Whether other ‘survivors’ go through the same feelings or whether they become ‘complacent’ or ‘trusting’ very quickly I don’t know.  All I know is that every time I get the result I have felt a huge relief when it has come back ‘all clear’.  That is one of the reasons why this result is special:  I now only have to go through the stress of the blood test and the waiting once a year, rather then every three or six months.  My next target is to get to the point where it is once every three years.  Wish me luck!!

I Am Not A Stereotype!

People have begun calling me an ‘Historian’.  That’s fine, and is in most ways a compliment.  For someone who came to Ancient History late in the day, and has not yet reached the heights of a PhD, I can accept that with a degree of magnanimity and pride.  However there are a couple of down sides to the label.  Possibly the main one is that I don’t fulfil people’s expectations when they meet me.  Apparently I don’t fulfil the stereotype of how an Ancient Historian should behave.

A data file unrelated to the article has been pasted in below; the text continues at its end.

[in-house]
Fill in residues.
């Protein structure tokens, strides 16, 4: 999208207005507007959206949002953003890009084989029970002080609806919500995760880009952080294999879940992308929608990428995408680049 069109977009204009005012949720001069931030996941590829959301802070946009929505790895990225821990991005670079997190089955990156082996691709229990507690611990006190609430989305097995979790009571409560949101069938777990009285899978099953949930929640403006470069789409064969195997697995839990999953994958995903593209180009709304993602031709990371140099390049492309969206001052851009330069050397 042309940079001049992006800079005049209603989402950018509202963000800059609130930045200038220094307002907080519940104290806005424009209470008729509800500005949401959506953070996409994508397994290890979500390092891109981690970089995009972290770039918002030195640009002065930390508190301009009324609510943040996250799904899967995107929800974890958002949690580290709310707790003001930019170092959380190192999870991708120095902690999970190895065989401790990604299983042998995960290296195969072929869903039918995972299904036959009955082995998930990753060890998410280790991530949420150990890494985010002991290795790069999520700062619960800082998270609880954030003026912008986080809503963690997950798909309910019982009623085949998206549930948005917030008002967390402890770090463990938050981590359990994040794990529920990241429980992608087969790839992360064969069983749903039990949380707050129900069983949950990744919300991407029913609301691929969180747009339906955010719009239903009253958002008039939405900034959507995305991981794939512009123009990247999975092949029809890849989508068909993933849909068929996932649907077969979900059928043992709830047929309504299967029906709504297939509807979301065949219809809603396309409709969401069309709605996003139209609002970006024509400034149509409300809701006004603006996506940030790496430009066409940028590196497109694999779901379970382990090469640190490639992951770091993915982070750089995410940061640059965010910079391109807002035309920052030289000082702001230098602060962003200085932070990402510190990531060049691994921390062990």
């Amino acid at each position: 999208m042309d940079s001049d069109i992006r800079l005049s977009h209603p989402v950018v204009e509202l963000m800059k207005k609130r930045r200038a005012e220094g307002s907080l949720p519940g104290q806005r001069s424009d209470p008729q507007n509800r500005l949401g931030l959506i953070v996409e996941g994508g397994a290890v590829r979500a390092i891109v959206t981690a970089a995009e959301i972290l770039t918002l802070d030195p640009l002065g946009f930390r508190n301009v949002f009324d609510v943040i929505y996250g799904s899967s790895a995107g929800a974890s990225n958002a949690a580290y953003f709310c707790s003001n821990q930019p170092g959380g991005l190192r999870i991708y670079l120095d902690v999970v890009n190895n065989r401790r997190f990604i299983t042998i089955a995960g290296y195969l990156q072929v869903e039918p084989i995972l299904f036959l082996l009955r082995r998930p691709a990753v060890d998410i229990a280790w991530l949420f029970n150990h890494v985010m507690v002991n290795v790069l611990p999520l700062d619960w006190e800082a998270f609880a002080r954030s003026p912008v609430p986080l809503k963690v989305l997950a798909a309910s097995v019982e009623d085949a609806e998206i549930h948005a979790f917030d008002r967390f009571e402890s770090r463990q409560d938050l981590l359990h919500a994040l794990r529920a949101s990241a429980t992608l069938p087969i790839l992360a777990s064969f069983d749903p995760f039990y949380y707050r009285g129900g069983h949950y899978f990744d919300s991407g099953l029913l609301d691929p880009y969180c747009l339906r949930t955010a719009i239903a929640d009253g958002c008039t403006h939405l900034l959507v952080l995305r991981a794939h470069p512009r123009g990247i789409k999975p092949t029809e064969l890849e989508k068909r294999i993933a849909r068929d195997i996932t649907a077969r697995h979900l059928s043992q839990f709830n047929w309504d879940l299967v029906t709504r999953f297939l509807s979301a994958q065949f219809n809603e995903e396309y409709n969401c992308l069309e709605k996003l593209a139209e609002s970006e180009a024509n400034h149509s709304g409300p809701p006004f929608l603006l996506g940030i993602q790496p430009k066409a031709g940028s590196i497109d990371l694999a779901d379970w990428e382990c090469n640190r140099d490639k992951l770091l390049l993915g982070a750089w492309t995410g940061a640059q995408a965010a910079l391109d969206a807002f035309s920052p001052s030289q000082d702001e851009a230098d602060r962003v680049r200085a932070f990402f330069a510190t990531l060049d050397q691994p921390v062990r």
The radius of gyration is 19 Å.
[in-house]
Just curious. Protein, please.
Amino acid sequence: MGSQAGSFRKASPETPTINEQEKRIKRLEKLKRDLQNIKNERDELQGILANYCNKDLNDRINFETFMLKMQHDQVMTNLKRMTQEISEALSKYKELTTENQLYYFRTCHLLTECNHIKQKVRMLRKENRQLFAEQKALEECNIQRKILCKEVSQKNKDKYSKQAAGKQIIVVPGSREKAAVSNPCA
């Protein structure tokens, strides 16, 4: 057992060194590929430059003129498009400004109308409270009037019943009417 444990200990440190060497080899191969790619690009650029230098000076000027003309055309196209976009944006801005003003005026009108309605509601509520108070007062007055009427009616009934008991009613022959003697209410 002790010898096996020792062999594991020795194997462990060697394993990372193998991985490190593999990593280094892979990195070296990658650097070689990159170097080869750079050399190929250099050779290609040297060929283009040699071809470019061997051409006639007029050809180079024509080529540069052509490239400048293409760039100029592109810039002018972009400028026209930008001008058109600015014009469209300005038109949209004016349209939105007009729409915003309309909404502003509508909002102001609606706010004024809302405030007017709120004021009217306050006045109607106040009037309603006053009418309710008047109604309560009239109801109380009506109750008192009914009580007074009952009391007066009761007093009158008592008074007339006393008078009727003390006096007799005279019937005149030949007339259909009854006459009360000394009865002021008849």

Click here to read more »

Me? A Film Buff?

First, let me apologise for my lack of posts in the last 6 months.  For those not in the know, just before Christmas I had a major football injury:  a broken shoulder, two broken ribs, and a collapsed lung.  I did say it was “major”!   The result was that for quite some time I was unable to work at full speed.  A second factor was that Jo has changed jobs.  She’s on less money now, but is far happier.  The result this time is that I have been working to bring some money into the household.   The net result has been a lack of time/inspiration to write new posts.  Thankfully, work is now almost back on track and a recent question from a friend has set my mind working …

I have many interests.  Too many.  I like Football.  And I like Guitars.  And I like Wargaming.  And I like Guitars. And I like football.  And I like “Aussie Rules Football”:  I ‘support’ Port Adelaide – for no other reason than when I first started watching they played really exciting passing football rather than the hoof-ball some played. Click here to read more »